Man Pleads Guilty to Illegal Dumping in Upstate New York
Julius DeSimone Defrauded the United States and Violated Clean Water Act
WASHINGTON – Julius DeSimone of Rome, N.Y., pleaded guilty today in federal court in Utica, N.Y., for conspiring to violate the Clean Water Act and to defraud the United States, and to making false statements to federal law enforcement, the U.S. Attorney’s Office for the Northern District of New York and the U.S. Department of Justice Environment and Natural Resources Division announced today.
DeSimone pleaded guilty before U.S. District Judge Hurd for the Northern District of New York to two criminal felony counts for conspiring to violate the Clean Water Act’s prohibition on filling wetlands and then lying to federal agents in an attempt to conceal his crimes. According to the charges, DeSimone and other co-conspirators engaged in a multi-year scheme to illegally dump 8,100 tons of pulverized construction and demolition debris that was processed at New York and New Jersey solid waste management facilities and then transported to a farmer’s property in Frankfort, N.Y.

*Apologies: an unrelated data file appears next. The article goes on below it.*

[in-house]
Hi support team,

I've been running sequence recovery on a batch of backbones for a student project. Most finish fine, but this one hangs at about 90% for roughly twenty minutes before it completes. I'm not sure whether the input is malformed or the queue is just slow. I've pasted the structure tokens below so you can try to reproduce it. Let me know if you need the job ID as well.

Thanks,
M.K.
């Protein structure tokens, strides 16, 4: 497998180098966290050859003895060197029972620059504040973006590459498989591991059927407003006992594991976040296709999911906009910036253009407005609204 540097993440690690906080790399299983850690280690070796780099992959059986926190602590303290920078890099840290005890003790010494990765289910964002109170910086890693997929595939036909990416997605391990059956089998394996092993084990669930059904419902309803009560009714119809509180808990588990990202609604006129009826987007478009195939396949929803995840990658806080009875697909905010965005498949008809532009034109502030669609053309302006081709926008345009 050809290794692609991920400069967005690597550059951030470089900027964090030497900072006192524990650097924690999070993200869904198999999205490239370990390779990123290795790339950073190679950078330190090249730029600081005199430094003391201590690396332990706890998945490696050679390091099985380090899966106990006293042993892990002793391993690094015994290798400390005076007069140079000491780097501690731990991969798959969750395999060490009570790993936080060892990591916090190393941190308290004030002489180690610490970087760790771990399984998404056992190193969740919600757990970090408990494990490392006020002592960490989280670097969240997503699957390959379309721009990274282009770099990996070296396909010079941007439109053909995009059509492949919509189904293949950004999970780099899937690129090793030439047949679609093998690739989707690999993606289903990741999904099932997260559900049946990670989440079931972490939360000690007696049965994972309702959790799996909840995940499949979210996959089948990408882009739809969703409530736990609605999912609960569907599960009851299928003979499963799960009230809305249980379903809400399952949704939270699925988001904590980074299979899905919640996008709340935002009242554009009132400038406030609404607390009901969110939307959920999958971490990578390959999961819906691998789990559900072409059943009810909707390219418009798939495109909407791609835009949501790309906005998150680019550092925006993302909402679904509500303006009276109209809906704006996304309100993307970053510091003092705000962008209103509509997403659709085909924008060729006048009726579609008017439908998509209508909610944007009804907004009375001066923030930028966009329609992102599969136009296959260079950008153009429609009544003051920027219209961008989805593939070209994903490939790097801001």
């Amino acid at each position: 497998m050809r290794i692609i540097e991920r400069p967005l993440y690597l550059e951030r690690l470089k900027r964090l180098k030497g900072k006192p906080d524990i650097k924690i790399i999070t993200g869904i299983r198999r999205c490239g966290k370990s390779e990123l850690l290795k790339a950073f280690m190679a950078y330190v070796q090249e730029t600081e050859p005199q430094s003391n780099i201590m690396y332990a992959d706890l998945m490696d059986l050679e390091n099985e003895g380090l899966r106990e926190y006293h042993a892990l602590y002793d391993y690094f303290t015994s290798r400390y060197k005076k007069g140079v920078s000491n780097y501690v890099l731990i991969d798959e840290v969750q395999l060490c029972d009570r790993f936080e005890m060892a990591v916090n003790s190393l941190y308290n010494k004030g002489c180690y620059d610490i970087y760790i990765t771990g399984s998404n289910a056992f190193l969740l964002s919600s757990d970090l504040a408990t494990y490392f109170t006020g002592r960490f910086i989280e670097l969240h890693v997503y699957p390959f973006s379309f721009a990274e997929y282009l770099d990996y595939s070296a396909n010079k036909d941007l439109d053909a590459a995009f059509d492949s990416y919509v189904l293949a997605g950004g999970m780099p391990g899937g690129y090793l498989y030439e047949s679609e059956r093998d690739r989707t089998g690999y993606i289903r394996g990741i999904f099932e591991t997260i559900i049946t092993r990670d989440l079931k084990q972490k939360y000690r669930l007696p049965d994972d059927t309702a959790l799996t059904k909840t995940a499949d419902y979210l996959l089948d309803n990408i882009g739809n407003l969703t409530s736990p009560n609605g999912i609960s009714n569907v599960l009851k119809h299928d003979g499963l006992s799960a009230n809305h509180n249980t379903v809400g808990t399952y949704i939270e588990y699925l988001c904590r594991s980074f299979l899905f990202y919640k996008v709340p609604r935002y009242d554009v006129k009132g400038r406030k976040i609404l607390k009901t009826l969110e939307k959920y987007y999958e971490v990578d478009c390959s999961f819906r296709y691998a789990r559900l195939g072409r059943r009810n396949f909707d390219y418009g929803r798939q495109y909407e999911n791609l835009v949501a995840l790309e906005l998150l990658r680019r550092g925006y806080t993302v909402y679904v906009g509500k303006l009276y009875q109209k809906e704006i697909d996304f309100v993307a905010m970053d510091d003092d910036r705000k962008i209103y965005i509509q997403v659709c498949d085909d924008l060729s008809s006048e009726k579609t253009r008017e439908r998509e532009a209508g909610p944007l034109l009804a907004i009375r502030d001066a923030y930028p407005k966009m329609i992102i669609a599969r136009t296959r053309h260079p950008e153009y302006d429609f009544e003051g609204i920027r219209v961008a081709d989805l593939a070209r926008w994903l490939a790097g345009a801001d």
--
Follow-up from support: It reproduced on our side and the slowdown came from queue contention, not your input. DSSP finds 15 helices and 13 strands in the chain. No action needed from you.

According to court documents, DeSimone and other conspirators concealed the illegal dumping by fabricating a New York State Department of Environmental Conservation (DEC) permit and forging the name of a DEC official on the fraudulent permit. DeSimone admitted in the plea agreement that once DEC and the U.S. Environmental Protection Agency (EPA) learned of the illegal dumping, he lied to federal agents in an effort to conceal the crimes.
DeSimone faces up to five years in prison and a $250,000 fine for each felony count and may be ordered to pay for portions of the cleanup at the site.
Today’s plea is related to the pleas of Eagle Recycling and Jonathan Deck who pleaded guilty to similar conspiracy charges in 2009 and 2011.
This case was investigated by the New York State Environmental Conservation Police, Bureau of Environmental Crimes, EPA’s Criminal Investigation Division and the Internal Revenue Service, investigators from the New Jersey State Police Office of Business Integrity Unit, the New Jersey Department of Environmental Protection and the Ohio Department of Environmental Protection. The case is being prosecuted by Assistant U.S. Attorney Craig A. Benedict, of the Northern District of New York, and Todd W. Gleason of the Environmental Crimes Section of the Environment and Natural Resources Division of the U.S. Department of Justice.